Downtown Bellevue has become a residential hotspot, and developers are bullish on its future
Bellevue-based developer Plus Investment USA could be a bellwether for its city’s booming downtown real estate market. Kevin Corbett, the CEO of Plus, expects to begin construction on the first Elev8 tower in early 2017. The gleaming two-tower project, once finished, will house 800 residences, 350 of which will be condominiums.
If current trends continue, Corbett’s firm should profit nicely because downtown Bellevue is undergoing an unprecedented construction boom. During the second quarter of 2016, six multifamily residential buildings were under construction downtown, and numerous others were awaiting approval. Thanks to the recent bevy of housing options, the downtown population has more than doubled in the last five years, to about 10,100. (The city expects 19,000 downtown residents by 2030.) Those moving in are young: The neighborhood’s median age is 34, down from 57 in 2000.
Things are going well for developers. Even with the flurry of construction, apartment and condo inventories in Bellevue are down 14 and 13 percent, year-over-year, according to Zillow. Though downtown rents are rising more slowly in Bellevue (6 percent year-over-year) than in greater Seattle (9.7 percent), the units command a premium: Median rent in downtown is $3,397, an $800 premium over greater Bellevue’s median.
But a couple uncertainties await Corbett in 2019, when the first Elev8 tower is scheduled to be finished. Will downtown dwellers continue to shell out for expensive apartments, or will their tastes switch to owning condos? And will Bellevue undergo a downtown downturn?
“A lot of people thought (the development boom) was coming to an end last year. And now people are thinking there’s going to be some extra innings,” Corbett said. “We have a very long cycle for our projects. We may be catching the end of this cycle, or the upswing of the next one.”
Bellevue, long a sprawling bedroom community, saw its downtown become a commercial hub over just a few decades, and its housing market is an even newer addition. That office towers preceded apartment towers may have played into the city’s favor. Urban-minded dwellers want to live close to work; if they work in downtown, they’ll want to live downtown.
“In many metros, you see the halo effect — the spillover of workers trying to find a place to live,” said Svenja Gudell, Zillow’s chief economist. “Bellevue not only has good access to Seattle, it’s a job center in itself.”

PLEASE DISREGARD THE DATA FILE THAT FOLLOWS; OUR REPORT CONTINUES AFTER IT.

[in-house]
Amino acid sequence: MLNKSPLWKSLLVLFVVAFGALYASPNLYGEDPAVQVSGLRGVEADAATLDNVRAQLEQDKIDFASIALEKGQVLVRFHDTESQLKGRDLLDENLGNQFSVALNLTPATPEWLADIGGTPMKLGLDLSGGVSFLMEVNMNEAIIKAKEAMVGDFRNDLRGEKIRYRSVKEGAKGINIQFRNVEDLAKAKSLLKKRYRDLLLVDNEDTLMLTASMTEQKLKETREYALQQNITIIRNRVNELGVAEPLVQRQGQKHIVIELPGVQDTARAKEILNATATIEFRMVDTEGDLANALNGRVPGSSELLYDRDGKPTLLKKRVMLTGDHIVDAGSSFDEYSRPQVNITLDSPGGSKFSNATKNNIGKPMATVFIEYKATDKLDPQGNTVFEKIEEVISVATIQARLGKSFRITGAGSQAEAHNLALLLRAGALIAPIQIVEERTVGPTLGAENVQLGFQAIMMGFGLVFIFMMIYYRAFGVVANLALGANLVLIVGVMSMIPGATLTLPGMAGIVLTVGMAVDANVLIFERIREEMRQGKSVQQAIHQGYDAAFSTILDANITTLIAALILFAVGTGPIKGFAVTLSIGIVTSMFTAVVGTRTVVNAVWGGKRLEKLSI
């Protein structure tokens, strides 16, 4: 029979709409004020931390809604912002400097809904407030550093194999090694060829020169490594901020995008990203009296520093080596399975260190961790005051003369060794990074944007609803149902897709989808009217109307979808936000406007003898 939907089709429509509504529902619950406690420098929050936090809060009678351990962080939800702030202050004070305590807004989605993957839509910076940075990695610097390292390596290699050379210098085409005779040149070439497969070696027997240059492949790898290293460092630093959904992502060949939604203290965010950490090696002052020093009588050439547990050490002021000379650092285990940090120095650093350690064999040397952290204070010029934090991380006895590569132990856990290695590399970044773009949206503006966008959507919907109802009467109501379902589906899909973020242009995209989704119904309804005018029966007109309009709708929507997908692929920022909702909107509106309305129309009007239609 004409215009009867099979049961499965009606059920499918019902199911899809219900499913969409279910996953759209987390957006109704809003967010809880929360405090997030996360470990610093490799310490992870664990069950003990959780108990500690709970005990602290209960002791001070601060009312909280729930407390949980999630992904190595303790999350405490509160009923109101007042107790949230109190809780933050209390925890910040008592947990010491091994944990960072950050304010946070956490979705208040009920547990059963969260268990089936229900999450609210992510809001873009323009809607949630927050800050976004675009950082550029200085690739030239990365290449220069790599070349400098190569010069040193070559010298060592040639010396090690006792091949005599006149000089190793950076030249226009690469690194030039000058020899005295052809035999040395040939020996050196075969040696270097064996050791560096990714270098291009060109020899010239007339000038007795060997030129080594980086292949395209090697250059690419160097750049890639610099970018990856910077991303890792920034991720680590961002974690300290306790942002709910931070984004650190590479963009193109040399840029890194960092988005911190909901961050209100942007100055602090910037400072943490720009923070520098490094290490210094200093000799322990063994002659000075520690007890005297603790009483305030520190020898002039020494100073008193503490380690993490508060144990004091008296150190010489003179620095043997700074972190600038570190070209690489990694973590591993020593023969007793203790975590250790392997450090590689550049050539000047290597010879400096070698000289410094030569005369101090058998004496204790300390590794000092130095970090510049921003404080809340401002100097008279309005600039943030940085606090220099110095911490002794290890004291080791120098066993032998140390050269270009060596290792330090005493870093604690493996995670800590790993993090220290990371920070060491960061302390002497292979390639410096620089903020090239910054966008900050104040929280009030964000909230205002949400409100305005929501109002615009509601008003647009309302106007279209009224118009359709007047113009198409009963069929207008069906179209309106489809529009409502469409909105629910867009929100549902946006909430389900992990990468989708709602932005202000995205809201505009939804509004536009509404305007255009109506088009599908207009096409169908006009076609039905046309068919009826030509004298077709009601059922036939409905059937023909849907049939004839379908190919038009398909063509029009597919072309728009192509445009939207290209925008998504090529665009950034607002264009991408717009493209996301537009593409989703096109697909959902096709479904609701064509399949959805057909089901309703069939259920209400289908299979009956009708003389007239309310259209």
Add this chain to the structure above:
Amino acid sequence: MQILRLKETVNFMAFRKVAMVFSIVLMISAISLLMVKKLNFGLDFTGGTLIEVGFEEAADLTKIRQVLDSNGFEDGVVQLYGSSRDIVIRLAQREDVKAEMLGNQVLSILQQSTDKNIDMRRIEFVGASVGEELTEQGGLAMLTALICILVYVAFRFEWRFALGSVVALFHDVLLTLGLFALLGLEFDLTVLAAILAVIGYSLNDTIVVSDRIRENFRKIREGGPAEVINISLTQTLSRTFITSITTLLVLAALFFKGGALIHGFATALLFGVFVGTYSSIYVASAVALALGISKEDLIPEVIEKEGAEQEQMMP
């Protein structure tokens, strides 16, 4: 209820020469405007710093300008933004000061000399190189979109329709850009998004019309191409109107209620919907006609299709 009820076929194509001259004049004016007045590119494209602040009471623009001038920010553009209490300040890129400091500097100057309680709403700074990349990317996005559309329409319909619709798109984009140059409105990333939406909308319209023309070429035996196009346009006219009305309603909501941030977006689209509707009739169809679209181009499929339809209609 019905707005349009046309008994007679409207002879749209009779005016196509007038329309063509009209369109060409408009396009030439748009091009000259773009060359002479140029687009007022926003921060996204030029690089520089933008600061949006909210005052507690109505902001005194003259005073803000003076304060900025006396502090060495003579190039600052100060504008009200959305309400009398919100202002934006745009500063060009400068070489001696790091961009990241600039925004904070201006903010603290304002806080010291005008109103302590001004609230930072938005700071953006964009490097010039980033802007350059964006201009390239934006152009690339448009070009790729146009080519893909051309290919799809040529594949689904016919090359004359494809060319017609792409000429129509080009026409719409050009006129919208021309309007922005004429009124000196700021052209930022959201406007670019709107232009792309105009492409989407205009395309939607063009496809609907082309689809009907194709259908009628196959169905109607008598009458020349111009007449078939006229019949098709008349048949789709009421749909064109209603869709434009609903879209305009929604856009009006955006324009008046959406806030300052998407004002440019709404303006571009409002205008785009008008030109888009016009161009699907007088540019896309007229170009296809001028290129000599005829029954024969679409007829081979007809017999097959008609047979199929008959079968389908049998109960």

Even with the impending departure of Expedia in 2019, Gudell expects Bellevue rents to continue to climb, which means developers will likely continue to lease apartments instead of sell condos.
Apartments, at this point, are more attractive to financiers, Corbett said, and they can always be converted to condos down the line. Adding to the commercial flexibility is the legal flexibility — Washington law dictates that condo buyers can sue developers for defects after a condo is purchased. Kemper Development Company president Jim Melby said in an email that condo developers are all but guaranteed to be sued, and many contractors won’t work on condo projects because of the insurance-related liabilities.
Nevertheless, Bellevue is seeing a higher rate of condo development than is Seattle. Kemper’s Lincoln Square expansion also will include condos, and a 140-unit project from Vancouver, British Columbia-based Bosa Development reportedly will include condos, too. One reason for this, Corbett said, is that Bellevue’s real estate market relies more heavily than Seattle’s on Chinese customers and investors who like the long-term security of a condominium.
“With the ongoing Asian influence, I’m confident we could do two condominium towers,” Corbett said. “The last one of those was Bellevue Towers. Great project, just the wrong time.”
Kemper Development also is selling longevity with its condos. Unlike most developers, Melby wrote, Kemper owns contiguous chunks of property that include residential, retail, and office space. The company’s trying to establish a campus-like feel to its downtown portfolio, and continuity is essential. Just as mainstay stores and restaurants facilitate a neighborhood’s desirability, long-term residents shore up a development’s social offerings.
Unlike the recession days when projects like Bellevue Towers and the Bravern struggled to fill units, there is plenty of demand in Bellevue. The activity is luring developers, including Bosa and Seattle-based Vulcan, that typically stick to a metro area’s flagship city. Corbett said the presence of larger developers signals that the market’s strength might be enduring, and it also reflects that Bellevue is graduating from suburb to sister-city status with Seattle.
But Bellevue is not independent of Seattle. Its economy isn’t as diverse as Seattle’s, and Corbett said developers are closely watching major employers like Microsoft to determine if job growth can persist (Microsoft’s recent layoffs haven’t helped the area’s case). Consumer trends also could shift. As downtown’s younger residents age and accumulate savings, they may become fed up with the consistent rent increases and opt instead to buy — so long as developers provide the option to do so.
Outside influences could crash the party. “There is uncertainty with the presidential election and international (economies),” Corbett said. “But locally, we’re confident. There’s the influence from Asia, and Seattle has been discovered. We’re in a similar position to where Vancouver was a few years ago.”